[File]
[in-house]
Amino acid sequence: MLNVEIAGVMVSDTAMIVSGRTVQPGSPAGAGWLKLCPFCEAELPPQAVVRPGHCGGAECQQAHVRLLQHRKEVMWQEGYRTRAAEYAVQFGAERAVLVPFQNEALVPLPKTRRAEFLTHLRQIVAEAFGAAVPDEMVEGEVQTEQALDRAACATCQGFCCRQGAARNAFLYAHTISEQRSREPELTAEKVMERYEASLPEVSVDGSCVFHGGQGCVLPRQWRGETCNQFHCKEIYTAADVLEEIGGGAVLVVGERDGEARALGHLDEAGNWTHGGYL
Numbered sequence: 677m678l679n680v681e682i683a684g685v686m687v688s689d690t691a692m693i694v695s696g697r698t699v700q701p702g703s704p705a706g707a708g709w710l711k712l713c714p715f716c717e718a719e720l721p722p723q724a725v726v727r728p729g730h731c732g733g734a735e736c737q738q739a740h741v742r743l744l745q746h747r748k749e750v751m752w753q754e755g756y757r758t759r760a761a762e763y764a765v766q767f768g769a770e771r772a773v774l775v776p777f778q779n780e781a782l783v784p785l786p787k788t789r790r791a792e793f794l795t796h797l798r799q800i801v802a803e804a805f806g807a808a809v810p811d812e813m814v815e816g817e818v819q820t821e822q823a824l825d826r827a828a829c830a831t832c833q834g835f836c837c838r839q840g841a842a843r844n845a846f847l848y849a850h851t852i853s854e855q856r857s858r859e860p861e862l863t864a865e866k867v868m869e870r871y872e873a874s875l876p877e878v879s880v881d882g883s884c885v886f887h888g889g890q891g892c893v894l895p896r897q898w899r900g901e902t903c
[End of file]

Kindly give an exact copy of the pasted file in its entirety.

[in-house]
Amino acid sequence: MLNVEIAGVMVSDTAMIVSGRTVQPGSPAGAGWLKLCPFCEAELPPQAVVRPGHCGGAECQQAHVRLLQHRKEVMWQEGYRTRAAEYAVQFGAERAVLVPFQNEALVPLPKTRRAEFLTHLRQIVAEAFGAAVPDEMVEGEVQTEQALDRAACATCQGFCCRQGAARNAFLYAHTISEQRSREPELTAEKVMERYEASLPEVSVDGSCVFHGGQGCVLPRQWRGETCNQFHCKEIYTAADVLEEIGGGAVLVVGERDGEARALGHLDEAGNWTHGGYL
Numbered sequence: 677m678l679n680v681e682i683a684g685v686m687v688s689d690t691a692m693i694v695s696g697r698t699v700q701p702g703s704p705a706g707a708g709w710l711k712l713c714p715f716c717e718a719e720l721p722p723q724a725v726v727r728p729g730h731c732g733g734a735e736c737q738q739a740h741v742r743l744l745q746h747r748k749e750v751m752w753q754e755g756y757r758t759r760a761a762e763y764a765v766q767f768g769a770e771r772a773v774l775v776p777f778q779n780e781a782l783v784p785l786p787k788t789r790r791a792e793f794l795t796h797l798r799q800i801v802a803e804a805f806g807a808a809v810p811d812e813m814v815e816g817e818v819q820t821e822q823a824l825d826r827a828a829c830a831t832c833q834g835f836c837c838r839q840g841a842a843r844n845a846f847l848y849a850h851t852i853s854e855q856r857s858r859e860p861e862l863t864a865e866k867v868m869e870r871y872e873a874s875l876p877e878v879s880v881d882g883s884c885v886f887h888g889g890q891g892c893v894l895p896r897q898w899r900g901e902t903c